ACE curriculum needs improvement
I just completed the ACE certification. A friend and I studied together, and we were both able to pass the exam after about 3 weeks of study.
However, we both felt the curriculum was terrible. There are 2 textbooks, and most of the chapters are written by different authors. As a result, there is a great deal of repetition from chapter to chapter, as well as a number of inconsistencies. There is also a painful degree of verbosity and unnecessary padding in the material -- so much so that my friend and I began to suspect that the authors must have been paid by the word. With a decent editor, the text could easily have been cut in half.
After slogging through that frustrating curriculum and completing the sample tests ACE sells at its web site, we sat for the real exam. We were both surprised to encounter a number of questions on material that we had absolutely never seen in our textbooks. In other cases, answers resembled but did not quite match what the texts had taught, or they used metrics (such as VO2max) that the textbooks and sample tests had de-emphasized. Moreover, some of the multiple-choice questions were so vaguely or strangely worded that answering them was more a matter of mind-reading than knowing the course material. Lastly, the 2 multi-part simulation questions were apparently developed by someone who never read those umpteen long-winded chapters about the ACE "Integrated Fitness Training" model in the textbook.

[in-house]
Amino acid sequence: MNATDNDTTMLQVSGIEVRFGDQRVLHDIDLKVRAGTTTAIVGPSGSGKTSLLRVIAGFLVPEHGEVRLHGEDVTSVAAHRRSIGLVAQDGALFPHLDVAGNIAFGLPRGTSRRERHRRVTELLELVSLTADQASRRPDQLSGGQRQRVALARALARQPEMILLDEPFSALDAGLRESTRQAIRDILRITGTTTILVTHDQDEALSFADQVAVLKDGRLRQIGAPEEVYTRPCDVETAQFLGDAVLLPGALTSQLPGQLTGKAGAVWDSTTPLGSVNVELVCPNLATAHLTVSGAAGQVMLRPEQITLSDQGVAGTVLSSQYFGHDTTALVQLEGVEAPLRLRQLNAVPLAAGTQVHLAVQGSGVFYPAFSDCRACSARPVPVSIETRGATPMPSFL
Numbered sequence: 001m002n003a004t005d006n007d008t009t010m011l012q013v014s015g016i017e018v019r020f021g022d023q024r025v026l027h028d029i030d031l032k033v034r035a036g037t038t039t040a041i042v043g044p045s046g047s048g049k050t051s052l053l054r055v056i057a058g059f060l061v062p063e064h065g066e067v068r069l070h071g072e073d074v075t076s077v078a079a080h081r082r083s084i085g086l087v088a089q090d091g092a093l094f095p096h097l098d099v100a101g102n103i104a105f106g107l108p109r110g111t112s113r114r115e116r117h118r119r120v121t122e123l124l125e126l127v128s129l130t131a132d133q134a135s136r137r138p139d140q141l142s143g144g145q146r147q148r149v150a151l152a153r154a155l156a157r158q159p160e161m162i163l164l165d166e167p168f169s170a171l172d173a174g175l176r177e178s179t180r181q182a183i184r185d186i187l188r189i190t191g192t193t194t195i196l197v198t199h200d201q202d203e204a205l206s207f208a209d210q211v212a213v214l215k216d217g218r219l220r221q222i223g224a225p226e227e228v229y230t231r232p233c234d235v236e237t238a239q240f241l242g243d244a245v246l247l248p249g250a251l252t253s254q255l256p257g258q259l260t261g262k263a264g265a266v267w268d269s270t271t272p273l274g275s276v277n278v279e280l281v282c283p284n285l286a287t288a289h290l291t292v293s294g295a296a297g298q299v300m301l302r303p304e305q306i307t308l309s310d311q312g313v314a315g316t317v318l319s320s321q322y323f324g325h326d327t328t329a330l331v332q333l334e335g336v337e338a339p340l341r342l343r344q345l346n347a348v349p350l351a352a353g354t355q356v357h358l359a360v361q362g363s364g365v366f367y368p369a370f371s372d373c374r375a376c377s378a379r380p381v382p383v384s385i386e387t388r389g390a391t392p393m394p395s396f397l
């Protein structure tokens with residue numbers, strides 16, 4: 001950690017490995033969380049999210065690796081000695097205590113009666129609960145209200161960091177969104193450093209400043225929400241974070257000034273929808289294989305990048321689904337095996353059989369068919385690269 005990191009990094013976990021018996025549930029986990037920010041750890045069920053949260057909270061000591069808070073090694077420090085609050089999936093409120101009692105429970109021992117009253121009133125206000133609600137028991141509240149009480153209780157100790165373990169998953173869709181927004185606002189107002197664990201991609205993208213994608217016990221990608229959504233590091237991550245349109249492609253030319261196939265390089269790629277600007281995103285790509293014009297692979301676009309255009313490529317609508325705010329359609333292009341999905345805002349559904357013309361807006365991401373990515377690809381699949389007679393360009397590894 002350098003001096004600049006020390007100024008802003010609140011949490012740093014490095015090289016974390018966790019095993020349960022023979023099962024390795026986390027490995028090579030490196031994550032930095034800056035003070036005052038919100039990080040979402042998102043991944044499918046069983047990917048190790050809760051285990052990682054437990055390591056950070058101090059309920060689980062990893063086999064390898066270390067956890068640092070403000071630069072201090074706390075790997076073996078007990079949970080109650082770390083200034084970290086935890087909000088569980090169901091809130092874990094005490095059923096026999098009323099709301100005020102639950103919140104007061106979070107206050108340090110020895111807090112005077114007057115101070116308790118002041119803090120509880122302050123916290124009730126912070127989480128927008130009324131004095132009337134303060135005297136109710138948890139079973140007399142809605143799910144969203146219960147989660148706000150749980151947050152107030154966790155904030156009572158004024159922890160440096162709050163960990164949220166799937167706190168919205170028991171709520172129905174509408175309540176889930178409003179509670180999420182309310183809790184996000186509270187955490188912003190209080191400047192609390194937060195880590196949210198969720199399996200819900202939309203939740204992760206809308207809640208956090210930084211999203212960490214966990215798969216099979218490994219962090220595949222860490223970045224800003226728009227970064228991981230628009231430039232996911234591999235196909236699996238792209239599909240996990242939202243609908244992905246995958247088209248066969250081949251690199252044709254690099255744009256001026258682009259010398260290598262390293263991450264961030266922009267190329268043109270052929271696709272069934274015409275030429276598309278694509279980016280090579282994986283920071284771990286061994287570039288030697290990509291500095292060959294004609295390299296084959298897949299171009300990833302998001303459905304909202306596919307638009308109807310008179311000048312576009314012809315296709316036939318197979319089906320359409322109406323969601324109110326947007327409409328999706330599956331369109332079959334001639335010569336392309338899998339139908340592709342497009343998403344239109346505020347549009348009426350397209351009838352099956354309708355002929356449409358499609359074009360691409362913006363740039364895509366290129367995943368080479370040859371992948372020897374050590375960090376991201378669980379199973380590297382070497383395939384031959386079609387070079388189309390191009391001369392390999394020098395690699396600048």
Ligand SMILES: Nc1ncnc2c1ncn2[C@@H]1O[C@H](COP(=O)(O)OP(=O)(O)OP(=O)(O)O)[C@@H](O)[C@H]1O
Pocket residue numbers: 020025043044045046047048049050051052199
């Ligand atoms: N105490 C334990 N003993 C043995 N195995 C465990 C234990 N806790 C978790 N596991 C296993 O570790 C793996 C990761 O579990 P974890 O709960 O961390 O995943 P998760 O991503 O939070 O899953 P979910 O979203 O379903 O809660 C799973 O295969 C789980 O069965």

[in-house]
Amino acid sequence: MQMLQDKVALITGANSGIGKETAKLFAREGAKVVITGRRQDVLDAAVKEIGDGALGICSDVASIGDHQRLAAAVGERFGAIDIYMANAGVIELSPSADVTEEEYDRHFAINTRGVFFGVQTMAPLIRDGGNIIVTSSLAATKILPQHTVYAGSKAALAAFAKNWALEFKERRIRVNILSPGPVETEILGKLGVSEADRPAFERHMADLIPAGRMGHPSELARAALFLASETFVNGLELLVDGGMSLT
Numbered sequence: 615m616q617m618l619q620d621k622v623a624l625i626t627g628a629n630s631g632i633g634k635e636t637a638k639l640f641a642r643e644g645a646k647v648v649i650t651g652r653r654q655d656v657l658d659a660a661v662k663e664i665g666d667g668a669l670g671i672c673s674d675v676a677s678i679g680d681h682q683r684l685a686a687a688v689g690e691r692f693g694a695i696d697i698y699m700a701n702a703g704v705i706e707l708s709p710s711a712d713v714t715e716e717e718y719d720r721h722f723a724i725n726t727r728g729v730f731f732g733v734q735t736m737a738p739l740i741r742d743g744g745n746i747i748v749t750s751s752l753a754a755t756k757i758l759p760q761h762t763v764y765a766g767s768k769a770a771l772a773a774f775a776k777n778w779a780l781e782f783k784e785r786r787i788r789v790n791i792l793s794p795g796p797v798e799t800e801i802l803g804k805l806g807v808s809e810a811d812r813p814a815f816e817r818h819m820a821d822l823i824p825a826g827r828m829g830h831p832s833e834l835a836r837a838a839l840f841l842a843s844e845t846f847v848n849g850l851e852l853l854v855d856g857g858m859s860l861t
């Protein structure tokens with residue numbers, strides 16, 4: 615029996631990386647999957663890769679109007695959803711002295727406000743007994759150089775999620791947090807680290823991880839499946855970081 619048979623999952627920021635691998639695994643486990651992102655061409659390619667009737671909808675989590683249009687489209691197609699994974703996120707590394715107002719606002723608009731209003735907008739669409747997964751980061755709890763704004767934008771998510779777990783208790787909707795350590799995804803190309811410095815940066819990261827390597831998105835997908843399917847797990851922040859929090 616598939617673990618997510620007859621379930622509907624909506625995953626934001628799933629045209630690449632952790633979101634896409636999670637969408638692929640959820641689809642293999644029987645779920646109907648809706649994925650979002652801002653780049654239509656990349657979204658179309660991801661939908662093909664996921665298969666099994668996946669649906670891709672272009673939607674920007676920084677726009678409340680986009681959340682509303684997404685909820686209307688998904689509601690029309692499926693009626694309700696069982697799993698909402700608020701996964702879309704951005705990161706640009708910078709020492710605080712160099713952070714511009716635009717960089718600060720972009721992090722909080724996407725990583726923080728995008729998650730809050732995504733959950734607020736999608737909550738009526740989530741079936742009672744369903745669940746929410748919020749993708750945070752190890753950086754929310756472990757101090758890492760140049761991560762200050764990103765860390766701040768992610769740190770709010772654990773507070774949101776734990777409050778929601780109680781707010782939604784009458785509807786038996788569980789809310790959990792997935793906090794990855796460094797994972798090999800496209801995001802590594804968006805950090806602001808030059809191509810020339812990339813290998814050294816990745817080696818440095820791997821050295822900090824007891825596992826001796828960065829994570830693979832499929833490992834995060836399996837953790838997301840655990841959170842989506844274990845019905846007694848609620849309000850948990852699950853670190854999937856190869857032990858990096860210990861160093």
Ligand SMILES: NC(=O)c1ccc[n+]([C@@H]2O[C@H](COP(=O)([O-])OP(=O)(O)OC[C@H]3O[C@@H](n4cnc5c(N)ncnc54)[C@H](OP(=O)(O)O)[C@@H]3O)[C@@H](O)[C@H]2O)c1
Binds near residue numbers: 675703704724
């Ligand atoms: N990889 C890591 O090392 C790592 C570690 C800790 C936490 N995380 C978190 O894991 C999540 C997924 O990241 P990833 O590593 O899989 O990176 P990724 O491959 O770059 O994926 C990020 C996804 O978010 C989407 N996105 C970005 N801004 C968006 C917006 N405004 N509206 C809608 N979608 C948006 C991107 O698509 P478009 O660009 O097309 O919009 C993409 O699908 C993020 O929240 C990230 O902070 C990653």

In sum, the curriculum was of such poor quality that it made mastering the material needlessly difficult and unpleasant, and the exam did not accurately reflect either the content or the emphases of the curriculum. Due to this mismatch, I could have studied the textbooks for 6 months (not an appetizing prospect, by the way) and still would not have been significantly better prepared for the exam. So if you go with ACE, be prepared for some frustration!
I have no firsthand knowledge of any of the other personal-trainer certification programs, but I find it hard to recommend ACE. They've tried to dress up their program with a scientific veneer and a trademarked acronym or two, but ultimately they feel like a wannabe to me. They're not inexpensive, either, and I'm not sure you get enough reputational "bang" for the buck.